Where my mind goes is trying to paint a picture for our audience. Dr. Grove, I know you took us through the anatomy of someone experiencing an injury and what that can cause in the body. Take us through that same story in a way people can get a sense of how a physical injury as simple as a stubbed toe can manifest into more serious issues.
Pain is probably one of the most common experiences that all human beings share. It can come by multiple means, both from an injury like that stubbed toe that we talked about to the highly repetitive environments that most of us are in, whether we’re a house maker, an office worker or somebody in the military for that matter. We’ll take for instance something that everybody’s used to, which is pain in general. You stubbed your toe, you start to limp and then your body has to deal with a threat that’s coming at it. Because what you’ve done essentially, in that case, is you’ve taken to joint surfaces and you smashed them together. That’s what your brain uses to see how you’re going to survive under that environment.
When you put your foot down on the ground, you have a bunch of joints, about 56 of them between both feet, moving at any one time. Your nervous system picks up that movement and says, “Is it safe or is it not safe?” From there, you’re either limping or you’re fixing something as you’re moving. You’re either stuck in a pattern of dysfunction and pain, which can happen off of something that simple. Your body is able to fix it through the normal motions or the way that we would prefer you do it is to target that specifically and fix it. One of the most common things that we see is people with pain from everyday living and technology use. A good example of that is how many of us have to use computers and other pieces of technology sitting at a desk.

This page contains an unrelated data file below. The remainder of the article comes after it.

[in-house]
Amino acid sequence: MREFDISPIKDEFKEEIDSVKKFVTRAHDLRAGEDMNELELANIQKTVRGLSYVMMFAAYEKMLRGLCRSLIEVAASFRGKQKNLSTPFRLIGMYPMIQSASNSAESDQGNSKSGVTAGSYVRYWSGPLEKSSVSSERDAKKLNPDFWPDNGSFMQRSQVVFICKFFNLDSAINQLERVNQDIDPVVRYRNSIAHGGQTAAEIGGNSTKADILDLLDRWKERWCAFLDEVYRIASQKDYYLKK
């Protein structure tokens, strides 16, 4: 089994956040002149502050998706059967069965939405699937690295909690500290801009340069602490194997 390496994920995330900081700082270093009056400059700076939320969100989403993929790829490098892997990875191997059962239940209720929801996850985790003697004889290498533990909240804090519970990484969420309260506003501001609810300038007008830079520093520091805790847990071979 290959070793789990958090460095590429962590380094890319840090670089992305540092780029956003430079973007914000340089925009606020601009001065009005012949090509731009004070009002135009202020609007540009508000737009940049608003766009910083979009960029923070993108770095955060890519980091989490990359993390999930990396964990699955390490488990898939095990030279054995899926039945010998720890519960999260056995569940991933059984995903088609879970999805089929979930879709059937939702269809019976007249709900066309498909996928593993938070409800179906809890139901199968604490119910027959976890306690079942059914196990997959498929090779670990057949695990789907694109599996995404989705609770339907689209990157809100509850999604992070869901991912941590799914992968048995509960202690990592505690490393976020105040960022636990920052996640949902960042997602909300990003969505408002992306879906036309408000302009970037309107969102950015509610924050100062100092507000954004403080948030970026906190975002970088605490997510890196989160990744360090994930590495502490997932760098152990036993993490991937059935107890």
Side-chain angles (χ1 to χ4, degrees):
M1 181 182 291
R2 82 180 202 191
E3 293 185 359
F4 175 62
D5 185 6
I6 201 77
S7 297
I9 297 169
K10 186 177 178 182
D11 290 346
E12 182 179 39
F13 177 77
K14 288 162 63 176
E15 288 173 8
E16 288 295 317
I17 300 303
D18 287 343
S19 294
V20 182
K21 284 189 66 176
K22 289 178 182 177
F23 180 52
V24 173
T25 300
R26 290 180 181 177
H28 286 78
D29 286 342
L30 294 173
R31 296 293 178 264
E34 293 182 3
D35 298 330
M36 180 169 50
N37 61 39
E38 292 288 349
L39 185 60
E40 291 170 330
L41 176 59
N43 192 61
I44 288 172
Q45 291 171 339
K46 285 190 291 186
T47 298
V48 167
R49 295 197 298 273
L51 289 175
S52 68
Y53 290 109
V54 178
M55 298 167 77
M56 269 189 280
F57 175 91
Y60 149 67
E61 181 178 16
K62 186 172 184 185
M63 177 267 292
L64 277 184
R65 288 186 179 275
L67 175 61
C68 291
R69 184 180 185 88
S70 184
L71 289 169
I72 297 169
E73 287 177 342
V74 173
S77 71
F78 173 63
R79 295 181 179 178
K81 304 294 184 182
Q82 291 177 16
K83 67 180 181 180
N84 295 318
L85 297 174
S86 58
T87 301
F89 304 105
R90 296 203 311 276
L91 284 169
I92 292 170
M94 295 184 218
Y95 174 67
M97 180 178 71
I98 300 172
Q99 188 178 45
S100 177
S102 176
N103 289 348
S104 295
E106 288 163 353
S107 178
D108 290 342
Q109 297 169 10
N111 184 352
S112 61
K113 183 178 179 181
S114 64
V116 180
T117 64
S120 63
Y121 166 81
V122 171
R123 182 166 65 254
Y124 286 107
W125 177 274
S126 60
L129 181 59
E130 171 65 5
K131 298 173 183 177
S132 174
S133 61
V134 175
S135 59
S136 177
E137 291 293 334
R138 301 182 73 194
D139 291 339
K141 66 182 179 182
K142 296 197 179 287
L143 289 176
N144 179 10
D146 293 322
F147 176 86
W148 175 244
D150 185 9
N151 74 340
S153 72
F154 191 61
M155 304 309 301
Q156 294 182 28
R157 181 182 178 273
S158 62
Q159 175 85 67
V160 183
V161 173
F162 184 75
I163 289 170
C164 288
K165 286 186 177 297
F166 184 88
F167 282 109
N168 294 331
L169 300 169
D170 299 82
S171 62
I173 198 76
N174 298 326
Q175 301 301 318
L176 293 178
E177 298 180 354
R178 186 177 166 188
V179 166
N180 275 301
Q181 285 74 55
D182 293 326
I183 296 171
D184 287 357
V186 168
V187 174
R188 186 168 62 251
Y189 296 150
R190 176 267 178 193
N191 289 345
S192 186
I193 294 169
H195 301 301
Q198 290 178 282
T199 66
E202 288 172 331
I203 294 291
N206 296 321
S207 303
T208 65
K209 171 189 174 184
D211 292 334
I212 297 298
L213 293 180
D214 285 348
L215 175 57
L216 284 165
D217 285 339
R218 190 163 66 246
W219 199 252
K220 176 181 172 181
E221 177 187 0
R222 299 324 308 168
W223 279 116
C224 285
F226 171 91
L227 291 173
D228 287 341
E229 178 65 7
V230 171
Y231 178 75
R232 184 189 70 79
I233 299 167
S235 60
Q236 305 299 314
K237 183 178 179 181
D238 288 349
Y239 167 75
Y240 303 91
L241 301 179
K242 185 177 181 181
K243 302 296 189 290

Two injuries are going on there. One, we’re in bad positions all the time, so our postures are crappy and leading to problems and we’re not moving. The body learns that’s the default. It leads to several things. One, the soft tissues and the alignment becomes stuck for all intents and purposes. Those are the aches and pains that you get in your upper back, between your shoulder blades and your neck, and your shoulders where you feel you need a massage every other day. Those types of things are cumulative trauma leading to worse and worse, spiraling downward type of problems that eventually can lead to some severe problems.
The non-movement adds into it and eventually you get to a point where not only is your posture bad and you’re stuck there, but in this case, it can impact your breathing. The lack of breathing can lead to digestion issues and poor nutrition. Even though you might be eating all the right stuff, you’re not getting stuff out of it well because the gut is dysfunctional now. One of the most common problems of bad breathing is anxiety. How many of us don’t experience some anxiety anymore in our daily lives because we don’t move? I had to guess quite a few of us. Those are the types of problems that we get to see oftentimes. By the time they get to us, it’s been years and decades in a lot of cases.
I love the way you walk us through that. Something so simple done repetitively over time can start to have this cumulative detrimental effect on our body’s performance. It’s eye-opening to anyone who spends a lot of time at a computer or even on a cell phone. When you compromise your body’s posture, you’re putting stress and you’re creating these patterns that can snowball out of control, as much as affecting your digestion, your anxiety level and you’re breathing. I don’t think many people are aware that they have a serious effect on the overall system. I love that you guys are integrating not just movement and posture, but also how these affect the whole being in a sense.